Wise gardeners grow sage: it’s easy and can be put to many uses | Photo by: Colleen Smith
As a seasoned garden writer, people with self-proclaimed black-thumbs often ask me which plants are easiest to grow. I always answer, “Herbs!” Most herbs grow easy without mollycoddling. What’s more, you can harvest herbs and put them to use in your kitchen–and even your bathroom. Culinary herbs add flavor to food and can cut down on salt intake. Many herbs stand in as medicine or can be made into personal care products such as bath scrubs or balms.
You can grow herbs even if you don’t have a large garden. Many herbs fare well in containers on a patio or lanai.
My article published in The Denver Post
features tips from the longtime tender of the herb garden at Denver Botanic Gardens. You may read the article here
Keyhole gardens originated in Africa, but work well anywhere.
Photo courtesy of Send A Cow.
Keyhole gardens are the best idea I’ve unearthed in more than two decades of garden writing. The gardens originated more than 20 years ago in Africa, where AIDS and drought took a toll on people and gardens. Keyhole gardens combine the best of raised beds and composting, can be irrigated with gray water, and make the most of garden space.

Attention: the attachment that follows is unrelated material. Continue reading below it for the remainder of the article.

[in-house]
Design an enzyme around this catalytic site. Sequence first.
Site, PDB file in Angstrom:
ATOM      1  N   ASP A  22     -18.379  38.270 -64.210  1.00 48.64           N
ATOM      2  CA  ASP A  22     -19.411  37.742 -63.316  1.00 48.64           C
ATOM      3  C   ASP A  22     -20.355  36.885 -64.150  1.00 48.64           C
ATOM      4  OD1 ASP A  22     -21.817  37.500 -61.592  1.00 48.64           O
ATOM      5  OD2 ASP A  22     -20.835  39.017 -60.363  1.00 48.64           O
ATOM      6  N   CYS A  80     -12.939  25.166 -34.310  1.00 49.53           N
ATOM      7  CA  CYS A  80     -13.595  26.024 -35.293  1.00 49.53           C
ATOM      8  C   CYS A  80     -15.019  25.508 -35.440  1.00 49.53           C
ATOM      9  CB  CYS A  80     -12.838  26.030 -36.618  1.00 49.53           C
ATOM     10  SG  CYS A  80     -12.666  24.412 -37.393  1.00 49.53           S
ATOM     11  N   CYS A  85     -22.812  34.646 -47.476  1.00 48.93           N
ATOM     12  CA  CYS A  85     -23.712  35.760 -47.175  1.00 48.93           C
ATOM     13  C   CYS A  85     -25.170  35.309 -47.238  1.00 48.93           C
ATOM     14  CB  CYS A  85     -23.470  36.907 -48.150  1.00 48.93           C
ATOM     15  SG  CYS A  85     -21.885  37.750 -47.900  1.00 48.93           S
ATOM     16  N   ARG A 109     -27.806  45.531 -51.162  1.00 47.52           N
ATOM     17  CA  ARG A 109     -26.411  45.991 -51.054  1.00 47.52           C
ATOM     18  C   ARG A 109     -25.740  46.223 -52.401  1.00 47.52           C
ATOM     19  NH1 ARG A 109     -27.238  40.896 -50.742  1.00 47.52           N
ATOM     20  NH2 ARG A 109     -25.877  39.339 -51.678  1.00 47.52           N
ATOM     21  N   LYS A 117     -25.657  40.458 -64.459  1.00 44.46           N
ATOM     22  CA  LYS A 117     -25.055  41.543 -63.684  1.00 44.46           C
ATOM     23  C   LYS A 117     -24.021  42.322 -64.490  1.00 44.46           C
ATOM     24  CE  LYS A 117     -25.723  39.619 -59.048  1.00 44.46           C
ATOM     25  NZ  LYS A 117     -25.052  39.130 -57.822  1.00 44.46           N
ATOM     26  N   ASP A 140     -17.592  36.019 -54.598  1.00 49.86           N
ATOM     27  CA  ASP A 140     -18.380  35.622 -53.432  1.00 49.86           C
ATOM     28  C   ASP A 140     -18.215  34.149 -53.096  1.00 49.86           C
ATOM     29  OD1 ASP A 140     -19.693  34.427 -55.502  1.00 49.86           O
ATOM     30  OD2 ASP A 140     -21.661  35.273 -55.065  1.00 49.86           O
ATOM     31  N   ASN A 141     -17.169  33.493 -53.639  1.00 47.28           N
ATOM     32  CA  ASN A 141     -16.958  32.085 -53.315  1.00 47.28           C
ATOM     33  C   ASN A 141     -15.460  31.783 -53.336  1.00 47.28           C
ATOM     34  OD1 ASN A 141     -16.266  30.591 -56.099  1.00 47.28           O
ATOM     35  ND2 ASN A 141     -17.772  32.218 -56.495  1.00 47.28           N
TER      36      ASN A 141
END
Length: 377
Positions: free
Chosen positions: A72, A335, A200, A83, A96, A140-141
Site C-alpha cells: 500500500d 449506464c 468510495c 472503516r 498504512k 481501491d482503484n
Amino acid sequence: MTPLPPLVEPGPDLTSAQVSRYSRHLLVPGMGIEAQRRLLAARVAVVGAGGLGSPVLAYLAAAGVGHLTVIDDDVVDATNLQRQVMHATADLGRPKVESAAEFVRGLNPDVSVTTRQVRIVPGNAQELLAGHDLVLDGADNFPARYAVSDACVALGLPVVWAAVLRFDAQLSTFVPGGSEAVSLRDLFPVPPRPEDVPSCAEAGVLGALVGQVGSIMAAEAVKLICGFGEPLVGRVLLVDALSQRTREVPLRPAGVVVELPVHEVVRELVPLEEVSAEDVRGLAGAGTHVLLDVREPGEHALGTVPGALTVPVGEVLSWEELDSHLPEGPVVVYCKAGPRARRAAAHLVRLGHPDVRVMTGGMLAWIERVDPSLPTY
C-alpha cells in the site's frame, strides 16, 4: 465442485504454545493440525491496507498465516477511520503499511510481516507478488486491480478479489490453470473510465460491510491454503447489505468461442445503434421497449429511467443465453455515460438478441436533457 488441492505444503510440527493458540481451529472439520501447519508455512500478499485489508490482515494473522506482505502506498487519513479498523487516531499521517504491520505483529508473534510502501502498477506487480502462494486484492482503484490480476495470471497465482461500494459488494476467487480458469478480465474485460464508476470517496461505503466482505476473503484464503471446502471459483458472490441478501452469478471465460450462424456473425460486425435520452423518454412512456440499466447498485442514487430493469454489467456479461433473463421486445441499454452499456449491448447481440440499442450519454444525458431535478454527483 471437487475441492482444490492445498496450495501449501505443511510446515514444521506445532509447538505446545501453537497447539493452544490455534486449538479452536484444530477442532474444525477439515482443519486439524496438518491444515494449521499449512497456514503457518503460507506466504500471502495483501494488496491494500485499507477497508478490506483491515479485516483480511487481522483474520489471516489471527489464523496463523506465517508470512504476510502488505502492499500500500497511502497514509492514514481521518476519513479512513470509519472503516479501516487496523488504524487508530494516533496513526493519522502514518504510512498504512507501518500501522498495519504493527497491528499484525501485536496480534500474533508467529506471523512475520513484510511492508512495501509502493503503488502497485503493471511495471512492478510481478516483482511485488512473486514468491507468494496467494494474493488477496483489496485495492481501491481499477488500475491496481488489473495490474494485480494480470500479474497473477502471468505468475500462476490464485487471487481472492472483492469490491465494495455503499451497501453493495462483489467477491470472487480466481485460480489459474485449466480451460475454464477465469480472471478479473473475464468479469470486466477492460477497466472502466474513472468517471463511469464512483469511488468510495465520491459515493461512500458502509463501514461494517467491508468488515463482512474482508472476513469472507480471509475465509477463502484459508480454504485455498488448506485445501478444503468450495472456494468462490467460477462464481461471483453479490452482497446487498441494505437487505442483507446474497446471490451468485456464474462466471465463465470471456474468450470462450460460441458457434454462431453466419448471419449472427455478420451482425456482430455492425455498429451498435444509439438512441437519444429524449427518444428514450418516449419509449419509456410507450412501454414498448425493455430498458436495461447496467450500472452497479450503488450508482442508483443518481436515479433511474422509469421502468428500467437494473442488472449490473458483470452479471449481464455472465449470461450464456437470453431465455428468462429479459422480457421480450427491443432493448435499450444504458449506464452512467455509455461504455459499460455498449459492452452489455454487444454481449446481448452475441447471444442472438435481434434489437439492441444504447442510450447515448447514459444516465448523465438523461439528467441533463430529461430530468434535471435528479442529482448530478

I first learned of the gardens during a drought in Denver, and gathered materials to build one, but never got around to it because I feared the garden might appear junky in my small back yard. However, landscape architects embracing the keyhole garden concept are building these raised, typically round gardens from handsome stone that makes them an attractive highlight in any garden.
My article published by The Denver Post includes step-by-step tips for building a keyhole garden, properly siting the keyhole, and what to plant in these ingenious gardens. You may read my article at this link.
The last three days, in sub-zero conditions, I skied Vail, and lived to tell the tale. On the down side, I suffered: frosty fingers and toe and a wind-blown face–that is, where my ski was exposed to the elements.
On the up side, not many people braved the arctic conditions, so I did not wait in any long lift lines.
Even if you’re not a skier, you might appreciate some tips for warming up to winter:
1) Layer up. Under my down coat, I wore a Patagonia Primaloft layer, a mid-layer, and a base layer.
2) Wear a hat. When I ski, I wear a helmet. And under my helmet, I wear a head sock.
3) Sip a cup of something warm. Hot cocoa or tea or whatever you prefer will warm up your insides, but you also can warm you hands on the cup itself.
4) At the end of a cold day–or whenever possible–slip into a warm bath: the quickest way to warm up on winter’s coldest days. (LINK to my examiner.com
article about plants in the bath)